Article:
Immediately after chicks fledged, 28 nests of HOSP and 29 nests of HOFI were carefully collected in individually labelled sealed plastic bags and stored at room temperature; nests collected during a week were processed the following weekend. We weighed each nest, assessed the nature and quantity of materials it was composed of, and quantified the number of ectoparasites it contained using Berlese funnels for 24 h under constant temperature and illumination (from a 60 W incandescent lamp; [21,22]). Mites were collected in vials containing 70 per cent ethanol and counted under the microscope as above. We quantified the contribution of cigarette butts as the total weight of cellulose fibre per nest. Ectoparasite abundance was the total number of mites collected. To evaluate differences in ectoparasite abundance between treatments, we used variance component analyses, including nest as a random factor and treatment and nest content as fixed factors. To test for an association between ectoparasite abundance and the weight of cellulose in nests, a general linear model was performed including species as categorical predictor. Analyses were performed using STATISTICA software.
HOSP nests were heavier (43.70 ± 24.34 g) than HOFI nests (26.22 ± 12.53; F1,55 = 11.74, p = 0.001). Cellulose from cigarette butts was present in 89.29 per cent of HOSP and 86.21 per cent of HOFI nests, and weighted on average 2.45 ± 3.34 g (range 0–11.75) and 3.06 ± 4.15 g (range 0–14.86) in HOSP and HOFI nests, respectively. On average, HOSP nests included eight (range 0–38) and HOFI nests 10 (0–48) used cigarette butts . Neither the presence nor the amount of cellulose per nest differed between species (all p > 0.55). The number of mites was not different between HOSP and HOFI nests (F1,54 = 0.22 p = 0.64). In both species, parasite abundance was negatively associated with cellulose weight (F1,54 = 17.31, p = 0.0001; figure 1). Traps containing cellulose from smoked butts attracted significantly fewer ectoparasites than traps with non-smoked cellulose (F1,54 = 43.13, p < 0.0001; figure 2). Also, control traps in nests containing eggs gathered more parasites than those in empty nests or in nests with nestlings (F2,52 = 3.74, p = 0.03; see electronic supplementary material).
We provide evidence that urban birds incorporate cellulose from smoked cigarette butts into the nest and that this behaviour entails a reduction in the number of nest-dwelling ectoparasites. It appears that this effect may be due to the fact that mites are repelled by the nicotine, perhaps in conjunction with other substances, because thermal traps laced with cellulose from smoked butts attracted fewer ectoparasites than traps laced with non-smoked cellulose.
This novel behaviour observed in urban birds fulfils one of the three conditions necessary to be regarded as self-medication: it is detrimental to parasites . However, to determine that this behaviour amounts to self-medication, it would be necessary to demonstrate that cigarette butts are deliberately collected and incorporated into nests because of their detrimental effect on parasites, and that such detrimental effect on parasites leads to an increase in host fitness.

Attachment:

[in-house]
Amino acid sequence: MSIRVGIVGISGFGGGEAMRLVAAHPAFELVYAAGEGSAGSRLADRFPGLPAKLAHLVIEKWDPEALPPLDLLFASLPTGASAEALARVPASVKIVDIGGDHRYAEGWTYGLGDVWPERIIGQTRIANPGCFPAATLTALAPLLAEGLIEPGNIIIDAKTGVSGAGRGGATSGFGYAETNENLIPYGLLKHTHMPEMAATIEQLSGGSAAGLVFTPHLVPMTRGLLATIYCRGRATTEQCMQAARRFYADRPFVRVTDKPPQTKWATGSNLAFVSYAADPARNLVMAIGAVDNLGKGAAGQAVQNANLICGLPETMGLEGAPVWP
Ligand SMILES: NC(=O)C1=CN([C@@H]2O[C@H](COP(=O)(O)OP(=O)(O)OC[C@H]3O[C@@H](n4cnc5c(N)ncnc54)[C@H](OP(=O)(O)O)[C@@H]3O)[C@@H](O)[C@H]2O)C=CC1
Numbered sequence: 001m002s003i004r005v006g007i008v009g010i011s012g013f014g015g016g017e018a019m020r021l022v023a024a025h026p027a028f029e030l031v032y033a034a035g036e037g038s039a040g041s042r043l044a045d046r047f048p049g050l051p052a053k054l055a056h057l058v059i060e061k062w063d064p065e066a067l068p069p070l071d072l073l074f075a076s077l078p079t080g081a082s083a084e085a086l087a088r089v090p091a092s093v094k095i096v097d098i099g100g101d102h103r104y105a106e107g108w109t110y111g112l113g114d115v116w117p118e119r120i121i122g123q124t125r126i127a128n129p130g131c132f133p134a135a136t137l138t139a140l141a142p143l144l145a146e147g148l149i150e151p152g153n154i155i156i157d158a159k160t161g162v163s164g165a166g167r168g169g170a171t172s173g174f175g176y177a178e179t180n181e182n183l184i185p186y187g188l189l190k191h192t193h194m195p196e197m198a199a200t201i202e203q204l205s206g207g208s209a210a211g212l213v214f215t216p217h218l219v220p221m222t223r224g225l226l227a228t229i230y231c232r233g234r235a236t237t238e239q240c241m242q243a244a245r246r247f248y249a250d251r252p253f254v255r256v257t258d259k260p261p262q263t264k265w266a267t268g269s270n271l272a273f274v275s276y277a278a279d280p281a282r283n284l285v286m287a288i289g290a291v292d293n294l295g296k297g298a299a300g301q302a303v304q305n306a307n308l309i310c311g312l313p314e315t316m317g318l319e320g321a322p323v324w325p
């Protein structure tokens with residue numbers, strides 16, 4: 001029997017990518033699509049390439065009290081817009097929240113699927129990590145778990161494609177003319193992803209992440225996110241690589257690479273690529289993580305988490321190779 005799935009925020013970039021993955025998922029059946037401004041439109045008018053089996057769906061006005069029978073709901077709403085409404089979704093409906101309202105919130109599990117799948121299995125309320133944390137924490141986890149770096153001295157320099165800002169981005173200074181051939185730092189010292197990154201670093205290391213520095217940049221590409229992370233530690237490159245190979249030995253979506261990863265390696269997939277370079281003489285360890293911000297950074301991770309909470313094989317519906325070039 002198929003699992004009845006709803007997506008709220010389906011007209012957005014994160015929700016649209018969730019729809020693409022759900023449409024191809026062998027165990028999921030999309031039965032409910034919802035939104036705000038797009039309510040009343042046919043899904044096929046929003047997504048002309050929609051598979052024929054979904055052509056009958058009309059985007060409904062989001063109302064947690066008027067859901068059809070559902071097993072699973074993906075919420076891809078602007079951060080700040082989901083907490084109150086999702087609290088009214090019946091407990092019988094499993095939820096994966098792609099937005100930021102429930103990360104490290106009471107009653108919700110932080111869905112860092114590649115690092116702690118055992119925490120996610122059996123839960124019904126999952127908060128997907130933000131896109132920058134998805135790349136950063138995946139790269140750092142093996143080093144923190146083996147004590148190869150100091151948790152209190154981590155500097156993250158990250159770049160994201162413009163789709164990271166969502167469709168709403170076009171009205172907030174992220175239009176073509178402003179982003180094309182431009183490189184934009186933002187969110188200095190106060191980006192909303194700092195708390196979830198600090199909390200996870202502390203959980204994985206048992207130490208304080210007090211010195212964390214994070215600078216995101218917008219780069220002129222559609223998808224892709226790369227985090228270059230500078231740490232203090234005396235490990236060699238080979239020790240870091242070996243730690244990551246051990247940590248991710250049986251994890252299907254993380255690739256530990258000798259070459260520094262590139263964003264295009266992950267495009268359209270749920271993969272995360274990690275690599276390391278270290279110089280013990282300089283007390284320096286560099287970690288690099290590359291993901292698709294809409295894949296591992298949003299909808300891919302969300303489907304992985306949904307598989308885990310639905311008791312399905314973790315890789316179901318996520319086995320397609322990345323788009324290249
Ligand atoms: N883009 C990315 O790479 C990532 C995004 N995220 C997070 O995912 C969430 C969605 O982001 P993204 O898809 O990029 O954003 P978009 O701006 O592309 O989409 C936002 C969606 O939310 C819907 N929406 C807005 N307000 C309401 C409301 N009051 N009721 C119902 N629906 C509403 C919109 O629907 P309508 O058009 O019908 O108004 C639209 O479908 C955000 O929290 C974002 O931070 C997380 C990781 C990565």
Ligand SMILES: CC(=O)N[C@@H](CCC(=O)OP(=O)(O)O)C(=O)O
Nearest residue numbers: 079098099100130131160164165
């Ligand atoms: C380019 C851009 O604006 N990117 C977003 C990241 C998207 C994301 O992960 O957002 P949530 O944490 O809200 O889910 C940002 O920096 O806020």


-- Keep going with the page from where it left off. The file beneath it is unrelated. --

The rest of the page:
The similarity between butt cellulose nest-lining and the use of green plant material in the nests of several species [7–11] suggests that the former may indeed be an urban manifestation of pre-existing behaviour, and it would be interesting to investigate whether HOSP and HOFI use green plant material in their nests (outside or within the cities). Alternatively, the use of cellulose from cigarette butts may be due to other properties of the cellulose (e.g. as a thermal insulator) unrelated to the effect of nicotine on ectoparasites. Presumably, both new and smoked butts can provide thermal insulation, but only the latter would protect against ectoparasites, thus a choice test under controlled conditions could be used to disentangle which is the primary function of this behaviour. Birds could distinguish smoked and non-smoked butts from their scent, just as some birds that use the chemical compounds of plants as defence against parasites appear to rely on olfaction to collect those with effective chemicals . Thus, we propose that olfaction must be involved if the collection of cigarette butts by urban birds is a translation to the urban medium of a pre-existing adaptation against nest parasites.
Smoked cigarette butts contain a large number of toxic substances, including traces of pesticides . Such pesticides, however, cannot explain why fewer mites were attracted to the thermal traps containing smoked butts, an effect that is consistent with nicotine being an arthropod repellent (figure 2). Nonetheless, those chemicals are in contact with the birds at the nest, and their toxicity could potentially counterbalance any benefits that may result from the reduction of ectoparasites occasioned by lining the nest with cigarette butts.
Vianey Palomera, M. Méndez-Janovitz, J. J. Zúñiga-Vega and E. Ávila-Luna helped in various parts of this project, constituting the BSc thesis of M.S.R. supervised by C.M.G.
- Received October 1, 2012.
- Accepted November 9, 2012.
- © 2012 The Author(s) Published by the Royal Society. All rights reserved.